Imagine yourself gliding gracefully across the ice rink, cutting deep and wide arcs as the arena’s cold air blows briskly across your face – then the breath abruptly rushes from your body as you’re slammed, headlong into the boards with a bone crunching hit. You drop gloves against the local enforcer and trade blows for the sake of bruised pride and a bloodied lip, then recover while serving your penalty minutes…only to return to the action just in time to send the puck top shelf over the goal tender’s shoulder and win your team the Stanley Cup.
EA Sports’ latest installment of its NHL series brings all that and more! With graphical enhancements and improved controls over last year’s edition of the NHL franchise, EA Sports manages to keep the hits coming.
EA has kept faith with its create-a-character option, which lets you put yourself down on the ice alongside other NHL greats such as Joe Sakic, Mario Lemieux and Martian Brodeur. When creating your character you can choose from a number of preset options for positions (power forward, center, defenseman, etc.), or you can even change the stats freely in order to determine how you want your character to play. In addition to picking the character’s starting stats, you can also choose how susceptible the player will be to individual improvement by setting their potential level. A potential of 99 (from 100) will allow your player to improve greatly over the course of a season, while a potential of 50 means that the player has already reached his prime.
EA has taken its creation options one step further this year and implemented a create-a-team option. Here you can choose the city, team name, and logo of your own expansion team. You can even go as in-depth as to change the centerline in your home stadium. Perhaps the biggest advantage to the new create-a-team feature is that you can utilize it through the game’s franchise mode. The Franchise mode allows you to choose one of the NHL teams (or your own created team – which you must first include on the league’s team roster by replace an existing franchise) and run through an entire 82 game regular season, and if you’re lucky end it with a playoff run. But, as always, there is a catch. As a new GM, you discover that the previous management team has fired your entire staff. OH! NO!! Fear not, though, because you are awarded upgrade points depending on how many games your team wins (2 points per victory), you can also earn them by making key trades throughout the season. For every 100 points you accumulate you can improve one of the aspects of your club. There are two main categories, the first being the coaching staff, which directly affect how your players improve, and how much money it will cost to keep them. The second is your team’s training facility, which helps to improve all of your players’ attributes. A rating of 5 blocks in one of these areas is considered average, and your players will perform below their ability until 5 blocks are filled. Also, after achieving certain goals during the season, you unlock items for your GM office. After unlocking those items you can then change the look of your GM’s desk, walls, furniture, ornaments, and even clothing.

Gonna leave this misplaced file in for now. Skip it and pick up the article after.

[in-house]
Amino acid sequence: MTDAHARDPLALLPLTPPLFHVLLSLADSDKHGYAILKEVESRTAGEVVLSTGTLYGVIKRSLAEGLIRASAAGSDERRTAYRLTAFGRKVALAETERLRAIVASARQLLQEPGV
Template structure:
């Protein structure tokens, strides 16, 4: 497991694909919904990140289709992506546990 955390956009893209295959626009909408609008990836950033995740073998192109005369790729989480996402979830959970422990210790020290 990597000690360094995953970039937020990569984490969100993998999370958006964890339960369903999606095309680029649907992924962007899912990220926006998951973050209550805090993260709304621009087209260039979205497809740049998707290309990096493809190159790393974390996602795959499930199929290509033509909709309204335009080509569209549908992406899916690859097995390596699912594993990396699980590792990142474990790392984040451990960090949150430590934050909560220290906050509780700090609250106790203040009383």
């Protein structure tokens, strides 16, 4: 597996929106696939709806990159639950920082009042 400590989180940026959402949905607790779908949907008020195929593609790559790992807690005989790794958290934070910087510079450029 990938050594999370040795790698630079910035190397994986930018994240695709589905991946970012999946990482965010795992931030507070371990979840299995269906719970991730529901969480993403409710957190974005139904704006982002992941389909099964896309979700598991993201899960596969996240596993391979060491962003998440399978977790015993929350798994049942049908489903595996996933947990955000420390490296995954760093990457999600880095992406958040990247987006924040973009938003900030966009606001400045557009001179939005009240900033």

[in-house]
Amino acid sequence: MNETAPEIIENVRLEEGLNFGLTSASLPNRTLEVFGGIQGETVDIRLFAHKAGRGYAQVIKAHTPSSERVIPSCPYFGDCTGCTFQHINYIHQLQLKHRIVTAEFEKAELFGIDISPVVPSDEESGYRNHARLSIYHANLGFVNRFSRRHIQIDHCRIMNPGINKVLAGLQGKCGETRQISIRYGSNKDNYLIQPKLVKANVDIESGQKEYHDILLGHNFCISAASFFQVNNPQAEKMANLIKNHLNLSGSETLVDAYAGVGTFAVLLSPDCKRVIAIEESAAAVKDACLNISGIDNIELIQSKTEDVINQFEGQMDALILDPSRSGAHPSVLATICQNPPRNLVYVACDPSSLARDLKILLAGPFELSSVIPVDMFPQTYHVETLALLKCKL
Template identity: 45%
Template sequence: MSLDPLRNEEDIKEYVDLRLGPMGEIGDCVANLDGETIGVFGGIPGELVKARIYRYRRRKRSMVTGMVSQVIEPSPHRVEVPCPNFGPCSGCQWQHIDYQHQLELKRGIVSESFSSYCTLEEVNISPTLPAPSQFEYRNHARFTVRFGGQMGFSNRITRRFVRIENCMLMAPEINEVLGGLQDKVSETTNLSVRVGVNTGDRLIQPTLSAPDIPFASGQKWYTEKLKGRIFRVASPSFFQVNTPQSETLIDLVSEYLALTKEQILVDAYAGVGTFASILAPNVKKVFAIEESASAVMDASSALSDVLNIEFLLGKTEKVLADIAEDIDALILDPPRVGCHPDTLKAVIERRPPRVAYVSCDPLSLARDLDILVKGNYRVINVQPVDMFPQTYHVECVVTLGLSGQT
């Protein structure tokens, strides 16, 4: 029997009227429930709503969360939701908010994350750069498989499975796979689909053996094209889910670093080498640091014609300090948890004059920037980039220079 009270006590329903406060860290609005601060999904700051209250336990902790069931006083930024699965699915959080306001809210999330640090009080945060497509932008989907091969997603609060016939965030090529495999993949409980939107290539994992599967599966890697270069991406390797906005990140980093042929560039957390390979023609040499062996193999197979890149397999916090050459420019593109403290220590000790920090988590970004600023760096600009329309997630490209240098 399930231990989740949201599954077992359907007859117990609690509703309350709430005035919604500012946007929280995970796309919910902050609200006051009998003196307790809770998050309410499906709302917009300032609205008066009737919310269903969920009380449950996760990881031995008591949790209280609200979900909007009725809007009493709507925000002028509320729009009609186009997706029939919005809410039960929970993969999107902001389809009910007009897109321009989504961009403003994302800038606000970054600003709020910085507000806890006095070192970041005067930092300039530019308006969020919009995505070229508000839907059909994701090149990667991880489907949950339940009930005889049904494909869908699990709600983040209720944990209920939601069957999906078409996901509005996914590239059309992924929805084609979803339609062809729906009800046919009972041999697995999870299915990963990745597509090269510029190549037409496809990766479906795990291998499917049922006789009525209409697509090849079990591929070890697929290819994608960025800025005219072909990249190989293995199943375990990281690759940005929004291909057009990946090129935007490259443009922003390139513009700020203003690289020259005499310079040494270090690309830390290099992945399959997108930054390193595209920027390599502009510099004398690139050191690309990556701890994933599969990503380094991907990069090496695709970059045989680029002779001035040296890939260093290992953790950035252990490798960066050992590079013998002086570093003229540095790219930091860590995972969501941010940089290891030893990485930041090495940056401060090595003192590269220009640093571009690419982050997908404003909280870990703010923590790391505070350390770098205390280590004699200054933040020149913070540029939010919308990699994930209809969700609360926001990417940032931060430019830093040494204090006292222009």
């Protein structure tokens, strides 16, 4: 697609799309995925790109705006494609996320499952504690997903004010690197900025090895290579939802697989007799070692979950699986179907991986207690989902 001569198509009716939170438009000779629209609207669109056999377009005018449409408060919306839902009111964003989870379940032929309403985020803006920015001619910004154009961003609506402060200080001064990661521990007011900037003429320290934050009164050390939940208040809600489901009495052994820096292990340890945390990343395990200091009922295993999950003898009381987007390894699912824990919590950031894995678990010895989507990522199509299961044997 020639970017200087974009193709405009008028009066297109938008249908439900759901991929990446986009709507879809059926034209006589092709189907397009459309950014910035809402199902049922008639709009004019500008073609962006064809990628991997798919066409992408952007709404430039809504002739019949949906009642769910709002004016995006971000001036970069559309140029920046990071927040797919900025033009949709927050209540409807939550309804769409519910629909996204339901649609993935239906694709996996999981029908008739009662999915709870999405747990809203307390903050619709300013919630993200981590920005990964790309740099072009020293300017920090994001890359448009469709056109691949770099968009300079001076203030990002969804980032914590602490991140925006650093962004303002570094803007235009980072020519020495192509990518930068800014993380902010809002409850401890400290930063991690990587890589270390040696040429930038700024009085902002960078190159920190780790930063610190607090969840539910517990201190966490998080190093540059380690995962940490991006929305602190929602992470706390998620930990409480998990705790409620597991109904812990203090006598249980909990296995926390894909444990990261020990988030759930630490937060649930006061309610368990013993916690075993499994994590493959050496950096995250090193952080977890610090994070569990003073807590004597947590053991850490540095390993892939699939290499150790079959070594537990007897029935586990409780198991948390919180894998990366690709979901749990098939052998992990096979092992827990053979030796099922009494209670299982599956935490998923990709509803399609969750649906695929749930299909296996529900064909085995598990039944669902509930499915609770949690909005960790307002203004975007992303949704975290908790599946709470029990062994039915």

NHL 2004’s computer AI has been greatly improved, and the ability to set quick plays to determine your point of attack is great for changing the tempo of a game – hopefully in your favor. If you’re up by a single goal late in the third period of an important game, try pulling the troops back and have them defend the net. If the tables are turned and you find yourself facing impending defeat, just change your team tactics to an all-out attack approach and swarm the opposition for that late game-tying goal. The computer tries to set up plays against you as opposed to just arbitrarily shooting at the net from anywhere, as experienced in previous versions. Near the end of the game, the trailing team, or both if tied, will have their star players come to the forefront of the action. These premier players skate faster, pass better, and shoot and hit harder during the crucial last few minutes of the game (this often happens with roughly eight minutes of game time left – also, star players are there for the entire playoffs). The only drawbacks to the AI that I have encountered are that, like in any NHL video game, there is a goal-rich sweet spot (which I’ll let you discover for yourself; it’s almost the same as NHL ’94 for all you hard-core players). Perhaps the most annoying drawback is line changes, though; you can be on a two-player breakaway with only the goalie to beat, but if the coach decides that it’s time for the line to switch, well, there goes your partner to the bench. Of course, this can be avoided with the selection of manual line changes, but it’s annoying nevertheless.
There are also 3 elite leagues in the game (to be honest I haven’t yet fully explored this area of NHL 2004, as I am still struggling to stand uncontested at the top of my division in my 2nd season after pulling out a game 7 Stanley Cup Final win as the 7th seeded team from the East). So far I have invested well over 80 hours of gameplay time into NHL 2004, and I haven’t been disappointed so far. Nearly 8 months after its initial release and I still find myself yelling at the referee for a bad call, or talking to mollified friends about how Joe Thorton has racked up 76 goals and amassed a staggering 124 points. For anyone who is a hockey fan looking for a great gaming experience I urge you to buy NHL 2004. It is simply a must own title; if not only as a holdover excursion until EA releases its 2005 edition. Can’t wait!